The temple town of Kumbakonam is in the Kaveri banks.

Veneration as a goddess

The Kaveri as river goddess

The legend of Kaveri has its origins in Puranas. Kaveri is linked with three puranic icons[14] i.e Agasthya, King Kavera and Lopamudra, the earthly, feminine manifestation of Kaveri herself. It is held that Lopamudra was granted the form of a river, by Brahma, in answer to tapas performed by all the three, including herself.

Both saint Agasthya and king Kavera were independently performing tapas with salvation (Moksha) as the goal. Pleased by their tapas, Brahma appears before them only to deny both immediate Moksha. Instead, Brahma rules to Kavera that he shall beget a daughter who will lead him to Moksha; to Agasthya, Brahma says, he shall give him a divine wife; Agasthya is to live with her and enrich the world before eventually attaining Moksha. In the meantime it was said that Vishnumaya, the divine daughter of Brahma—the impeccable feminine creation of the creator, expressing to Brahma her wish to serve the world. Being pleased, Brahma ordain her to be, in due time, Lopamudra, the daughter of Kavera, then the wife of Agasthya, and eventually the sacred of the sacred, the river Kaveri.

In a slightly different version, Kaveri is regarded as the outpour of sage Agasthya's Kamandala; it is said the Lord Ganesh, assuming the form of a crow, upset Agasthya's Kamandala to release the Kaveri.

After assuming the form river, Kaveri performed another tapas to become the sacred of rivers, more sacred than even the Ganges. Her tapas was answered and Lord Vishnu appears before her. On hearing her wish, Lord Vishnu says "Ganges is sacred because she originates from my feet; but you are infinitely more sacred to her as I adorn you as my garland". Upon this blessing, it is said that even Ganges is said to come underground, once a year, to Kaveri to cleanse herself. To this day, Vaishnavites regard Kaveri, the river that holds Srirangam in her bosom, as the most sacred of rivers. Vaishnavaites lovingly regard Kaveri as the mother of Ranganayaki, the divine consort of Lord Ranganatha of Srirangam.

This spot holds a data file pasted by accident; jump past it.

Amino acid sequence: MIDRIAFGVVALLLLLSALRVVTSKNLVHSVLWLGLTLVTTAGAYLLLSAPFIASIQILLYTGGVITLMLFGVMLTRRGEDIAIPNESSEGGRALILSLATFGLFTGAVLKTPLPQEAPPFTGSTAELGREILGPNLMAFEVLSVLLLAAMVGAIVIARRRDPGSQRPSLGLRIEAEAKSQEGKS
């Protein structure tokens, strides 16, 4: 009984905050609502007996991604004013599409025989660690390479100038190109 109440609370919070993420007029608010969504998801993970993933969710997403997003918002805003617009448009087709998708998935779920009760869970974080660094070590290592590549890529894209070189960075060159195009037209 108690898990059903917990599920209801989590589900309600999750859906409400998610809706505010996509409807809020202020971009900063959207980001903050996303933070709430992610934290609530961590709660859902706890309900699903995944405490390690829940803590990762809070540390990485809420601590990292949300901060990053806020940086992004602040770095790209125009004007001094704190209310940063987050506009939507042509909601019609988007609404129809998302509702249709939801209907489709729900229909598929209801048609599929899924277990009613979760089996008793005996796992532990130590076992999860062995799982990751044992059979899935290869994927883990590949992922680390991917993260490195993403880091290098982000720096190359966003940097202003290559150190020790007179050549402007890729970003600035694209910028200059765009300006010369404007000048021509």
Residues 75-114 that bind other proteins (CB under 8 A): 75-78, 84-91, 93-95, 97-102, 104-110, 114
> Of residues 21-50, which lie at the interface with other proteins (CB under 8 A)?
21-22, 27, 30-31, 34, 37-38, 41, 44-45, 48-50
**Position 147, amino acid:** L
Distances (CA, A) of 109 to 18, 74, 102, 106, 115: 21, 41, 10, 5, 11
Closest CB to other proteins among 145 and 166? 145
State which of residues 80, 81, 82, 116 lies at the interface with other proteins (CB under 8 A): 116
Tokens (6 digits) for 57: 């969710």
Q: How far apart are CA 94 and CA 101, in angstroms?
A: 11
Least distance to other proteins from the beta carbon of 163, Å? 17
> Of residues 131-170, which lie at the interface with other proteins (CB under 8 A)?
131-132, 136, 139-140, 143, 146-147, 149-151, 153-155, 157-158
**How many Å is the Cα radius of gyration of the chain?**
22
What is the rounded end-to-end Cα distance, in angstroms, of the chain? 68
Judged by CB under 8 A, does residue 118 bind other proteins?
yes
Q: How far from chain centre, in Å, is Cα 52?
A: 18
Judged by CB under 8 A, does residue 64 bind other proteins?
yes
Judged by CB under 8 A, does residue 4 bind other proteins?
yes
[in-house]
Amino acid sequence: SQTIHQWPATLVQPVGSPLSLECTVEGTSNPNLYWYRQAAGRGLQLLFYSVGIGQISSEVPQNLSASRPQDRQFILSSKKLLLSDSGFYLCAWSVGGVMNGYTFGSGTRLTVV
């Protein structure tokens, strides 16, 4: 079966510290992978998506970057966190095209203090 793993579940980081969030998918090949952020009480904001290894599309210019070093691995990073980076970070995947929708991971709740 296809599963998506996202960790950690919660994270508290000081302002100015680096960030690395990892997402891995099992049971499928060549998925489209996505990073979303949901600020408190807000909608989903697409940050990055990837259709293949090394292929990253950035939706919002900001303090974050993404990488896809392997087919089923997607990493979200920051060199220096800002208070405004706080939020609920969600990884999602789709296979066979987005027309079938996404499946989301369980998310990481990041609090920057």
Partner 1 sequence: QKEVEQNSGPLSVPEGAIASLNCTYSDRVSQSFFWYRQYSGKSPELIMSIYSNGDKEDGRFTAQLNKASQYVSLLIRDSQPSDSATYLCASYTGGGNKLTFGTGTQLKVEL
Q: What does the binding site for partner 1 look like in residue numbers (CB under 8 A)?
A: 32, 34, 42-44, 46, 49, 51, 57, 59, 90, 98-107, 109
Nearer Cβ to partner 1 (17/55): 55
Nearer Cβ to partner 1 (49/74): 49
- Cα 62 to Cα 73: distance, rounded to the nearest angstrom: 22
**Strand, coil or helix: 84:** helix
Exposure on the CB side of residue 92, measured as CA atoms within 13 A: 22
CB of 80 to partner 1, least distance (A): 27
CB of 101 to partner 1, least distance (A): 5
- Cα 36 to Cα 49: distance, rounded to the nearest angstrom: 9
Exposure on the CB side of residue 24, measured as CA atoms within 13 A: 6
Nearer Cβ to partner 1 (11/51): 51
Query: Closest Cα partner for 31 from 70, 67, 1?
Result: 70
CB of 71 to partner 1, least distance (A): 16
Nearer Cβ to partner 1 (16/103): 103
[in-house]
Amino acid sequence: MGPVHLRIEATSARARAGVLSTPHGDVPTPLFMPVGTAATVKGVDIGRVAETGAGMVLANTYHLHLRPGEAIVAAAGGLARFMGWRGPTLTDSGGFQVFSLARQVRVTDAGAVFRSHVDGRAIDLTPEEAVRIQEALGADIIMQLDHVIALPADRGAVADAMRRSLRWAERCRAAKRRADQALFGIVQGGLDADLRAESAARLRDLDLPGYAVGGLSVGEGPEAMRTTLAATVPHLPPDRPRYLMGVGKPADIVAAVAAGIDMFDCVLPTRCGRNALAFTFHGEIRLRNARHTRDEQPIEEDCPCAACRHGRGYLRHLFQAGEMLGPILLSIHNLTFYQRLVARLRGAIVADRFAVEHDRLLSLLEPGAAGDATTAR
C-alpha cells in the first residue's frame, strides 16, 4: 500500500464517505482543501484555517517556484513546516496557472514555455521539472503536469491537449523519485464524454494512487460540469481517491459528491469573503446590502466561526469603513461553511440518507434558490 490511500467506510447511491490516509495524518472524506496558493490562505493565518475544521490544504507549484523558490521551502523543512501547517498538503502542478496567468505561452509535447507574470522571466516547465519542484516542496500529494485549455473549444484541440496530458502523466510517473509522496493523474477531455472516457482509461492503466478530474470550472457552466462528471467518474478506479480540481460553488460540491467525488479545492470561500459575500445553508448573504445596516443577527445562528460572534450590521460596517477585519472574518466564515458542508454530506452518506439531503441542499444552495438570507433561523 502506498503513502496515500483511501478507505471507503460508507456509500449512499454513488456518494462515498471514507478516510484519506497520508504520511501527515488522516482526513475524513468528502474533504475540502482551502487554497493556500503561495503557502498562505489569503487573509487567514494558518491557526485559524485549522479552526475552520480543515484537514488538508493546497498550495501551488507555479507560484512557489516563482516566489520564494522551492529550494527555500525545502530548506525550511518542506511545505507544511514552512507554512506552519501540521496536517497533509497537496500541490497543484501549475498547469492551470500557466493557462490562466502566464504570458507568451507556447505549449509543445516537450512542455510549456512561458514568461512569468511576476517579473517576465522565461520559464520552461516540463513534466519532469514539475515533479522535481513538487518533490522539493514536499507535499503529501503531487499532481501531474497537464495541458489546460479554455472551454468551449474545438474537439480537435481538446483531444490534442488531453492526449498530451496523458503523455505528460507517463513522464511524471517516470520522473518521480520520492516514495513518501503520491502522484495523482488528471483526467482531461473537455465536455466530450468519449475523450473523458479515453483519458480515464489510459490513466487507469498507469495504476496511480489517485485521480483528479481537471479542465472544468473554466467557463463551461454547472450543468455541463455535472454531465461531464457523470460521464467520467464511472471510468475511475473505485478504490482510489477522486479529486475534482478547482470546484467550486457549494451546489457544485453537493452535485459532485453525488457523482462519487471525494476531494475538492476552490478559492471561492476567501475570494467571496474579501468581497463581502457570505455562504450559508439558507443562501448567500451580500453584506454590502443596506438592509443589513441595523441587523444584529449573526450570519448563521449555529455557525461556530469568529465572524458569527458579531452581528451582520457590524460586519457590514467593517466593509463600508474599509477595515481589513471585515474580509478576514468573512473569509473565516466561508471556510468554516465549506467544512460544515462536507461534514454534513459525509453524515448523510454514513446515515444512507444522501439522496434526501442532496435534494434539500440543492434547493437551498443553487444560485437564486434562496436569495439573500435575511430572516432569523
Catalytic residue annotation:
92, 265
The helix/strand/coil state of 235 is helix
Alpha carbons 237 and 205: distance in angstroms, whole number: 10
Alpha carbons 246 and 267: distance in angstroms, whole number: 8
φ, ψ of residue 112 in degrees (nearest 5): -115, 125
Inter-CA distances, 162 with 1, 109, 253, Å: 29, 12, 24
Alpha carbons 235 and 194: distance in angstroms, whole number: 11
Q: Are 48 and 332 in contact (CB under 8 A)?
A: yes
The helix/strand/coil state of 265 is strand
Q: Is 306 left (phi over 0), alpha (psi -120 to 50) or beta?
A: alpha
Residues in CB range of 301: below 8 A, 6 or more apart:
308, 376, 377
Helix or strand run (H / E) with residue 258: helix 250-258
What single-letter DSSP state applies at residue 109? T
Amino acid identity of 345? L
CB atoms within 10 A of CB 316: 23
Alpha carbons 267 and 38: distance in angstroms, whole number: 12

Bathing Ghats ("Padithurai") in the Banks of River Kaveri

River Kaveri, A View from Ayyalamman Padithurai, Tiruchirappalli (just other side of River Kaveri from Amma Mandapam, Srirangam)

The bathing ghats include

  • Amma Mandapam in Srirangam
  • Ayyalamman Padithurai, Tiruchirappalli
  • Bhagavath Padithurai in Kumbakonam
  • Chakkarai Padithurai in Kumbakonam
  • Pushya Mandapa Padithurai in Thiruvaiyaru
  • Thula Kattam in Mayavaram

“Aadi Pathinettam Perukku” and Kaveri worship at Tiruchirappalli

River Kaveri worship at Tiruchirappalli
Pooja Materials Floating on the River Kaveri

Tiruchirappalli is located at the banks of River Kaveri. Every year the “Aadi Pathinettam Perukku” festival is being celebrated on the 18th Day of Aadi, Tamil month (August).

In the South Bank of River Kaveri, the “Ayyalamman Padithuri” is there and it is just opposite to “Srirangam Amma Mandapam”, which is in the North Bank of Kaveri.

Here at “Ayyalamman Padithuri” thousands of people assemble and worship the River Kaveri. On that day Police protection is provided to manage the crowd.

At the Banks of River Kaveri, 5 to 6 family people form a group and they perform Pooja in the traditional methods, with Flowers, different kinds of Fruits, Banana, Coconut, Sugar Cane, and Rice with Sugar/Jaggery mix etc, by keeping them on the Banana Leaves.

After the Pooja, the Pooja materials, flowers etc being kept on the Banana leaves and floated on the River Kaveri while praying for the welfare of the people.

References

External links